Straying From Engineering Roots, Quebec Giant Falls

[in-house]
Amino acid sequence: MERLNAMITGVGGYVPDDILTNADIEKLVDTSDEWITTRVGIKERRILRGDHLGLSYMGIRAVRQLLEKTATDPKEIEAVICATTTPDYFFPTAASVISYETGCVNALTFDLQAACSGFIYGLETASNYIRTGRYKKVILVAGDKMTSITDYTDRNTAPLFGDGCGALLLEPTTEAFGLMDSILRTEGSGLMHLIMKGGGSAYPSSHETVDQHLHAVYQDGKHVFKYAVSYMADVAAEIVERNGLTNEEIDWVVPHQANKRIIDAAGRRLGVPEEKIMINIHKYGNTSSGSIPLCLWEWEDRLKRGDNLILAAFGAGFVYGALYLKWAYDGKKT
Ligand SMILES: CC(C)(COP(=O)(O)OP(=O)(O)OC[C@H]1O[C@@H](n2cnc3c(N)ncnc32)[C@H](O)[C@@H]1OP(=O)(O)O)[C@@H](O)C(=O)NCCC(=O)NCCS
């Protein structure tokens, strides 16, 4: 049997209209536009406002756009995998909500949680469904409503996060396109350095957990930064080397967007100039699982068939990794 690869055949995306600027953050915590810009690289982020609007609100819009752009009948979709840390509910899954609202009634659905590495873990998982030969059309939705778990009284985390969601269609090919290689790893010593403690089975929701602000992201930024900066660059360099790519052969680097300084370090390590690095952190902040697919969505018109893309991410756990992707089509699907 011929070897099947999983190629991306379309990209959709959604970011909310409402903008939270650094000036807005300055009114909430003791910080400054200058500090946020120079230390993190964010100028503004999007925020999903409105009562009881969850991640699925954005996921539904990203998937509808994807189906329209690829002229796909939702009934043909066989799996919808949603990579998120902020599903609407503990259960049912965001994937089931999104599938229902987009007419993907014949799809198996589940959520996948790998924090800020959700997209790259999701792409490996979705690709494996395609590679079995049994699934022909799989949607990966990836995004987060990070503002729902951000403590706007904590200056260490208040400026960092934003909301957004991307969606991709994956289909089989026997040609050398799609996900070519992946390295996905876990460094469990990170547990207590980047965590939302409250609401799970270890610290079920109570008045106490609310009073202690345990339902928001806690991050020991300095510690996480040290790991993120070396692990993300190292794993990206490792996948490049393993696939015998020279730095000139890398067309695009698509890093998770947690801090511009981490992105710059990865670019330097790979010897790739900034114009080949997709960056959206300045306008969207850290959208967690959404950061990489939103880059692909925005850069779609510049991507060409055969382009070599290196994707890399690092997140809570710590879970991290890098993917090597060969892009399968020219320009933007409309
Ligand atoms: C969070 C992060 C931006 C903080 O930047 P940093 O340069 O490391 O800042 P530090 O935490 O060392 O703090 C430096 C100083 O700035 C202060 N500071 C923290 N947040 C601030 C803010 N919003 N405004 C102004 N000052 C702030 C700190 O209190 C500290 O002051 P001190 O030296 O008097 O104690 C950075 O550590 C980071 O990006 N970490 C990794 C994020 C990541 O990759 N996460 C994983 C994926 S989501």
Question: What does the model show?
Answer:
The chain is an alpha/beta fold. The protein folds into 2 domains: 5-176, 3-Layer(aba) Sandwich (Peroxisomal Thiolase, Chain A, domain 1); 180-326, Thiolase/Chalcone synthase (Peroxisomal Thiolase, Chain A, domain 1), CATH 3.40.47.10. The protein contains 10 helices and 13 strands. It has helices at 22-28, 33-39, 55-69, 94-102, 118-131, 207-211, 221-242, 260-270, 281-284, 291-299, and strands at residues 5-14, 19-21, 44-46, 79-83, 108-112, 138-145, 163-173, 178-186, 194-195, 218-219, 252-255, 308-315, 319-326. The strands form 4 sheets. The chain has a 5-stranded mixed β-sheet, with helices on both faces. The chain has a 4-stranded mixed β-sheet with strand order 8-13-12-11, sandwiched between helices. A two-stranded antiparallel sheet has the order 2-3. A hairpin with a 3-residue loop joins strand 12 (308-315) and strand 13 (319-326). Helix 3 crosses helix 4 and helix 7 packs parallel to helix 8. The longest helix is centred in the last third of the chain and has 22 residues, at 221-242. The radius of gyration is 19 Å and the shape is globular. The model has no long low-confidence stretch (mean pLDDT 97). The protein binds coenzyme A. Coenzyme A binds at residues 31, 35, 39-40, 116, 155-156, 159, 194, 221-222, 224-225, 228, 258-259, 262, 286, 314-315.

ONE of Quebec's business success stories of the last two decades has fallen to high debt, overexpansion, and just plain ambition. But remnants have become part of a new engineering giant based in Montreal.The failure of Lavalin Inc. - which is now being broken up to cover its debt - is a blow to the pride of "Quebec Inc.," the name given to the successful mixture of government and business that has fueled this French-speaking province's entrepreneurial revolution. Lavalin Inc., founded by engineer Bernard Lamarre, made its name and its fortune handling engineering projects in Quebec, especially the giant hydroelectric projects in northern regions. The firm built on its success and won bids as varied as hydroelectric projects in South America and the subway system in Bangkok. Then Mr. Lamarre expanded into running industries instead of building them; those ventures included oil refining, experimental mass transit, and even aircraft leasing. Lavalin Industries Inc., a publicly traded firm that holds the industrial assets, lost $22.9 million (Canadian; US$19.9 million) in the nine months ended May 31, compared to a loss of C$2.3 million for the same period a year earlier. "The failure of Lavalin can be attributed to Bernard Lamarre's ambition," said a Montreal investment banker who asked not to be named because of his business relations in the local financial community. "He certainly shouldn't have got involved in aircraft leasing; in retrospect, of course, he should have stuck to what he knew best: engineering." Banks that lost money in the collapse of Lavalin included the National Bank of Canada, the Toronto Dominion Bank, and Credit Agricole, the French Bank. The company is selling assets to cover its debt of C$228 million. "In two or three months there will be no more Lavalin Industries," said its president and chief executive, Jacques Lamarre. The share price on the Montreal Stock Exchange is 19 cents, down from a 52-week high of C$3.25. "We think the shares could eventually be worthless," said Lamont Gordon, chairman of Sprott Securities of Toronto, which specializes in finding short positions for its clients - that is making money by selling the shares of overpriced firms. THE engineering assets of Lavalin were bought recently by its arch-rival, SNC Group Inc., to form SNC-Lavalin, the largest engineering firm in Canada. The president of the new firm, Guy Saint-Pierre, said he expects engineering sales of C$2 billion in 1992. "Our market now is the entire planet," Mr. Saint-Pierre said. With more than 6,000 employees, the new firm will be one of the world's top five engineering firms measured by assets, he added. SNC-Lavalin is involved in some of the following projects: * Quebec hydroelectric projects. * The Three Gorge hydroelectric project in China. * A 700-megawatt nuclear reactor in South Korea. * Two aluminum smelters in Quebec, each worth more than C$1 billion. The success of SNC-Lavalin hinges on its landing major Canadian contracts, including those at the planned Great Whale Hydroelectric project in northern Quebec. The C$12.6 billion scheme is threatened by environmental groups and the Cree Indians who live there. The firm also needs contracts from the Hibernia offshore drilling program in the waters off Newfoundland. The new firm will remain firmly a part of "Quebec Inc." No clearer example of the easy cross-over between business and government could be seen than the photos of a new executive team in Montreal newspapers. The major players include Saint-Pierre, a former cabinet minister in a Liberal Quebec government, and Yves Berube, a former minister in the separatist Parti Qucois administration in Quebec who moves into the new firm from the presidency of Lavalin. And what of Bernard Lamarre, the man who built this engineering powerhouse? He will stay on at SNC-Lavalin, but as a part-time consultant.